Sola Scriptura in Africa: Missions and the Reformation Literacy Tradition

In: Evangelical Quarterly: An International Review of Bible and Theology
Steven van Dyck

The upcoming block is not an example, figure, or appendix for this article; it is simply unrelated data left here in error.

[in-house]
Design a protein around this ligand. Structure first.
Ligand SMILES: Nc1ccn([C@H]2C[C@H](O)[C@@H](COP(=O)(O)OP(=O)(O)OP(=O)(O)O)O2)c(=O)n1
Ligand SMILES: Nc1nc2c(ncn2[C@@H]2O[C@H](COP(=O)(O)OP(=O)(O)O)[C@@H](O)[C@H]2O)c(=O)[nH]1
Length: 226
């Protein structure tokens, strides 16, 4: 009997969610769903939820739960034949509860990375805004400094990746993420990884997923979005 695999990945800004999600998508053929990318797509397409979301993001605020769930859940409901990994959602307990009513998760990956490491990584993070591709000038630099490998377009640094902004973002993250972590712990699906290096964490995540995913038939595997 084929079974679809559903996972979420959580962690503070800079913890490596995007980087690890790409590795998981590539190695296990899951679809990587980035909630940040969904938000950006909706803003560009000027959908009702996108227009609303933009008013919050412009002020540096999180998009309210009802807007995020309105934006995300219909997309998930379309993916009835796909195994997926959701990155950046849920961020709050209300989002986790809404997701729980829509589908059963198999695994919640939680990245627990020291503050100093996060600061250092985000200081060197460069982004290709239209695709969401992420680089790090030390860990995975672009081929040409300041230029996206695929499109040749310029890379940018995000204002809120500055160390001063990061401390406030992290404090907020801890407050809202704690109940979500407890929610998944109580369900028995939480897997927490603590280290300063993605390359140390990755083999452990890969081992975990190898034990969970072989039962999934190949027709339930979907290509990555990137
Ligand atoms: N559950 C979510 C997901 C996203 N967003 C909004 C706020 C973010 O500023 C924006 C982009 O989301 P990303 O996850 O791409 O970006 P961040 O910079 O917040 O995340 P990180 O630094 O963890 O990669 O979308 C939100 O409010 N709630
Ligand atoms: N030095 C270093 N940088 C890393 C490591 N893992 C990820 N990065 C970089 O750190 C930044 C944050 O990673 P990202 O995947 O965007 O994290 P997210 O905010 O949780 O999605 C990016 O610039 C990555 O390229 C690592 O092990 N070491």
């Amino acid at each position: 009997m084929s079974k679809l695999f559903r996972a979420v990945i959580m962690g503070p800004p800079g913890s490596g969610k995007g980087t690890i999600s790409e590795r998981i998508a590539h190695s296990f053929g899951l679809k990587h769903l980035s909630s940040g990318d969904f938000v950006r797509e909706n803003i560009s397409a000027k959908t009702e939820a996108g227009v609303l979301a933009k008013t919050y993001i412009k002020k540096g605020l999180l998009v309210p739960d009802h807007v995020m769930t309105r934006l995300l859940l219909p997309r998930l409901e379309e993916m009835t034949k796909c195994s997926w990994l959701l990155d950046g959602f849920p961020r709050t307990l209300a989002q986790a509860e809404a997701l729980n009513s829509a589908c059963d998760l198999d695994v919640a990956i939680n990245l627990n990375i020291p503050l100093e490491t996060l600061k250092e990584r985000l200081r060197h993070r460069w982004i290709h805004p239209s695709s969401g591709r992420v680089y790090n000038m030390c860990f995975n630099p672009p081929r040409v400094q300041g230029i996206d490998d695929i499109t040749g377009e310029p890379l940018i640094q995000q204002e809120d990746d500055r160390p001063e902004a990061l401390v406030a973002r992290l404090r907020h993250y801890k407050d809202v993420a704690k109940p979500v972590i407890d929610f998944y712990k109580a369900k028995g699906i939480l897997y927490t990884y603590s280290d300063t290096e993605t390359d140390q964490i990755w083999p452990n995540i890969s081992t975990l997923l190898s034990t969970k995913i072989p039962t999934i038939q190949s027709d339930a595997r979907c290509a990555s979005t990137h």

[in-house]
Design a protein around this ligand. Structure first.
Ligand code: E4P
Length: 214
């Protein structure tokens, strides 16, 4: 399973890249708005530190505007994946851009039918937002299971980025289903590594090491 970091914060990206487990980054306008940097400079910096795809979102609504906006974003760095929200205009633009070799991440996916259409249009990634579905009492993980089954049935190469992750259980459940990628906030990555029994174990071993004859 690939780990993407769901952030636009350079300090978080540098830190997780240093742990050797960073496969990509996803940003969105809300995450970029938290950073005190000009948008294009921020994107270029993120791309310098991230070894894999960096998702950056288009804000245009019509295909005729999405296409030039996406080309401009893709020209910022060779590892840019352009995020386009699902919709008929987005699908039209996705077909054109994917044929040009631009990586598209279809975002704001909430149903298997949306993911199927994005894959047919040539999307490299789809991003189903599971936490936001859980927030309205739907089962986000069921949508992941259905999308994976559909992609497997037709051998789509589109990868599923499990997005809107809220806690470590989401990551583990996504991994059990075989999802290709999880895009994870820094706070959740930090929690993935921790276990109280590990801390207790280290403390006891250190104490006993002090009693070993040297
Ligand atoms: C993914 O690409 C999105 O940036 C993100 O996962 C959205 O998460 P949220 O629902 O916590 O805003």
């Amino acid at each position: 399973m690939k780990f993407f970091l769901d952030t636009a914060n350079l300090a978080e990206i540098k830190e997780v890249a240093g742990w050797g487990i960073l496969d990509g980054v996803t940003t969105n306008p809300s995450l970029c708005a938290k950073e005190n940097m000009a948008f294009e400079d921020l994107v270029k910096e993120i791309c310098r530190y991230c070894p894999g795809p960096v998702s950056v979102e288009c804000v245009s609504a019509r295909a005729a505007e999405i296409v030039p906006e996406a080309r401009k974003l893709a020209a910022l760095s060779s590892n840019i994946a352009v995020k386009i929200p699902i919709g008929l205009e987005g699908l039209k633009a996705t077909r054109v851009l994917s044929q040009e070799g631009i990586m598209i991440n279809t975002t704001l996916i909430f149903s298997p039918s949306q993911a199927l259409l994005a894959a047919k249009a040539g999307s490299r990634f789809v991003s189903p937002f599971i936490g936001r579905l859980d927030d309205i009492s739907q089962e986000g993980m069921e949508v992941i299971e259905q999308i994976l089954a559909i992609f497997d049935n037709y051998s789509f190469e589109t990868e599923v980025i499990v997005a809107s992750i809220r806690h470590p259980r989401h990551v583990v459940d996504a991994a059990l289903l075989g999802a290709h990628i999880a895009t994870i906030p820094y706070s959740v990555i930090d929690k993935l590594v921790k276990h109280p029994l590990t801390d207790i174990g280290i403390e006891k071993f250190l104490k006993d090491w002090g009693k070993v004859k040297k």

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This theoretical reflection addresses issues arising in the history of world Christianity, in particular regarding mission churches in Africa since the nineteenth century. The article first evaluates the development of oral, manuscript and print communication cultures in western culture, and their influence since the first century in the Church. Modernity could only develop in a print culture, creating the cultural environment for the Reformation. Sola Scriptura theology, as in Calvin and Luther, considered the written Word of God essential for the Church’s life. The role of literacy throughout Church history is reviewed, in particular in the modern mission movement in Africa and the growing African church, to show the importance of literacy in developing a strong church. In conclusion, spiritual growth of churches in the Reformation tradition requires recognition of the primacy of print culture over orality, and the importance of a culture of reading and study.

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